Iraqi Shiite cleric Moqtada al-Sadr in
Kurdistan to mediate crisis
April 26, 2012
Iraqi Shiite cleric Moqtada al-Sadr is greeted by
Iraqi Kurdistan president Massoud Barzani, Erbil,
Kurdistan region of Iraq, April 26, 2012. Photo: AFP/Safin
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Moqtada al-Sadr says he will listen to the views of
Kurdish leaders. Erbil, Kurdistan region of Iraq,
April 26, 2012. Photo: AFP/Safin Hamed.
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Kurdistan region 'Iraq', — Powerful Iraqi Shiite
cleric Moqtada al-Sadr arrived in Iraq's autonomous
Kurdistan region on Thursday, presenting himself as
a mediator in a crisis between Iraq's premier and
the region's president.
Tensions are high between Kurdistan president,
Massoud Barzani, and Prime Minister Nuri al-Maliki,
whom Barzani has accused of moving toward
"I met Nuri al-Maliki in Tehran, and I came to
listen to the opinion of the Kurdish leaders and
their views," Sadr told a news conference at Erbil
airport, after arriving on a private plane from
"Everyone should look out for the public interest
and the unity of the Iraqi people, and I hope that
everyone will be responsible," he said.
Sadr then presented a list of 18 points that he
wants to discuss with Kurdish leaders.
"Minorities are an important part of Iraq, and we
have to bring them to participate in building Iraq,
politically, economically and in security," Sadr
said, also calling for "cancelling the policy of
neglect and marginalisation."
Another point is that "we have to work to support
the Iraqi government by bringing all the components
of the Iraqi people inside it," he said.
And "we have to give priority to Iraqi interests
over sectarian and ethnic and party interests."
Sadr also said "we have to end the issue of the
security posts," meaning that permanent ministers of
security and defence must be appointed.
And "we have to stand strongly against any internal
or foreign threats against any component of the
Iraqi people," he said.
Fuad Hussein, head of the office of the presidency
in Kurdistan, said this was "a historic visit, and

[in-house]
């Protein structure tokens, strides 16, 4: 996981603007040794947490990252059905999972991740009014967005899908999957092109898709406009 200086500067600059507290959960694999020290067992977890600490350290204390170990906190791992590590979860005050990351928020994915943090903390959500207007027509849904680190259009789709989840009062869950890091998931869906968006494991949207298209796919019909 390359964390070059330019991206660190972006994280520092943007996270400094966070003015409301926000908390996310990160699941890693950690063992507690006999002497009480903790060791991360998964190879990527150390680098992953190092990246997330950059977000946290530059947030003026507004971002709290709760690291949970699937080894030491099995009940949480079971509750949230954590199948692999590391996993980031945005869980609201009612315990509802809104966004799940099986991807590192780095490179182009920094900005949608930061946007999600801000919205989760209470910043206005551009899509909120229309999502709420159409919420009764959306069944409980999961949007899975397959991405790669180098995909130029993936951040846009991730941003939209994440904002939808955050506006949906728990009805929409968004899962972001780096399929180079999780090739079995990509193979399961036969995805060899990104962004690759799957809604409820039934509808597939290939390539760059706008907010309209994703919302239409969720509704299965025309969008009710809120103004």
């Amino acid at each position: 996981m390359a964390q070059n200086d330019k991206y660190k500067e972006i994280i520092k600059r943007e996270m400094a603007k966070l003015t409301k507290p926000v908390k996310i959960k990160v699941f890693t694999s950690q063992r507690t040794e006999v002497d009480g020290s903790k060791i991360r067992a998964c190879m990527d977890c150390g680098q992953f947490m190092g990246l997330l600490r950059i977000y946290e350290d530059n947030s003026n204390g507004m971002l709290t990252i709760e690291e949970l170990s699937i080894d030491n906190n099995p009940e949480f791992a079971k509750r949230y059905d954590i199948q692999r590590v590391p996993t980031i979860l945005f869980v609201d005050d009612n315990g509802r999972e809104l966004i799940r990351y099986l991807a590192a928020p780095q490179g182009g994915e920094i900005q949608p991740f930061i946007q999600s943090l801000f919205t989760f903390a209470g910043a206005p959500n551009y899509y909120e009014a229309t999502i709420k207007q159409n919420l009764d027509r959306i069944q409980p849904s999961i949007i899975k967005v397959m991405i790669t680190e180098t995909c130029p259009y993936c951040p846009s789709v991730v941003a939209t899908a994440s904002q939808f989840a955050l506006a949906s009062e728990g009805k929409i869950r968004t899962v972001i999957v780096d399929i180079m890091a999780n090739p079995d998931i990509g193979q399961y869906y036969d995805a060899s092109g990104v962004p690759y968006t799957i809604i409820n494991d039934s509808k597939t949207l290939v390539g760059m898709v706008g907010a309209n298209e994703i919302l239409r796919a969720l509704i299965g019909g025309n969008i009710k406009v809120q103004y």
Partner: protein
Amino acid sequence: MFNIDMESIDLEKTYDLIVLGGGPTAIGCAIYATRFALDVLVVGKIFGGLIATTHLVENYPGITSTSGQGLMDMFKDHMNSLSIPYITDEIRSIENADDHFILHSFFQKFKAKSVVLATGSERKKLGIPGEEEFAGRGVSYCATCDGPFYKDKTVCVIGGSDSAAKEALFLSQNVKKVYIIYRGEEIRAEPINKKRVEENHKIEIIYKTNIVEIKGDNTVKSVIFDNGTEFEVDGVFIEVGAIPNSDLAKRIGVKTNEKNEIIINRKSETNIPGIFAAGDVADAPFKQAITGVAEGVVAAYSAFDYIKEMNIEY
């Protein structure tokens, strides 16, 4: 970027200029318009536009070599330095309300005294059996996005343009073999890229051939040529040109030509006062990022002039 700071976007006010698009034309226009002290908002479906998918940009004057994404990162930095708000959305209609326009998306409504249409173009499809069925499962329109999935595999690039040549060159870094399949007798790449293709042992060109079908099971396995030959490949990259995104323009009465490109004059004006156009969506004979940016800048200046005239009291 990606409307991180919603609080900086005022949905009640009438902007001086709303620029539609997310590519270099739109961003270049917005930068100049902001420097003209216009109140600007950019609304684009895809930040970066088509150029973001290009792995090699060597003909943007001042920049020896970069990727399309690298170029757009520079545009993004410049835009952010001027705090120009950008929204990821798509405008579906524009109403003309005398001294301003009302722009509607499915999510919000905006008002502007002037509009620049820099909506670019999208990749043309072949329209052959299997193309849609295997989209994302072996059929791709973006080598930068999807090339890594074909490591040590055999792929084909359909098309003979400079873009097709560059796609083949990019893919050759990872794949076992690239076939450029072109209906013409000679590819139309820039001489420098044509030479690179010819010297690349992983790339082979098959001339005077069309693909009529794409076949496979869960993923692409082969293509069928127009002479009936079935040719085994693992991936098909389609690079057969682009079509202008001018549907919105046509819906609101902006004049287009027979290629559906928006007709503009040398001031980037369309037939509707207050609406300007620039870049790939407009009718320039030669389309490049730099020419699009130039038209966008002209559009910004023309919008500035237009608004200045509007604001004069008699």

it will lead to the expansion and strengthening of
the relationship between Kurdistan and all Iraq."
"It will also lead to more stability in the
political situation in the country," he told
journalists at the airport.
Sadr, who spends most of his time on religious
studies in Iran, "will meet Barzani today, and there
is a significant possibility that he will go to
Najaf after finishing his meetings in Kurdistan," a
Sadr source told AFP.
Najaf is the Shiite holy city where Sadr's main
office is located, and where he spent much of his
Sadr spokesman Salah al-Obeidi earlier told a news
conference in Baghdad that the cleric had accepted
an invitation to visit Kurdistan, saying "the crisis
needs such a move to resolve the situation."
He added that "the sayyid (Sadr) is trying to put
Al-Ahrar (his parliamentary bloc) and himself
personally in the middle."
"One of the goals of the visit is to solve the
crisis," Obeidi said.
Barzani said on April 22 that he opposes the sale of
F-16 warplanes to Iraq while Maliki is premier, as
he fears they would be used against Kurdistan.
Barzani had previously accused Maliki of moving
toward dictatorship, and said the premier aimed to
"kill the democratic process" after the head of
Iraq's electoral commission was arrested for alleged
Earlier this month, Kurdistan stopped oil exports
over more than $1.5 billion (1.13 billion euros) it
said is owed to foreign oil companies working in the
that Baghdad has allegedly withheld.
The central government's top two oil officials
responded by saying Erbil owed Baghdad more than $5
billion in promised exports, and was smuggling the
oil it produced to Iran.
By Abdel Hamid Zebari, AFP
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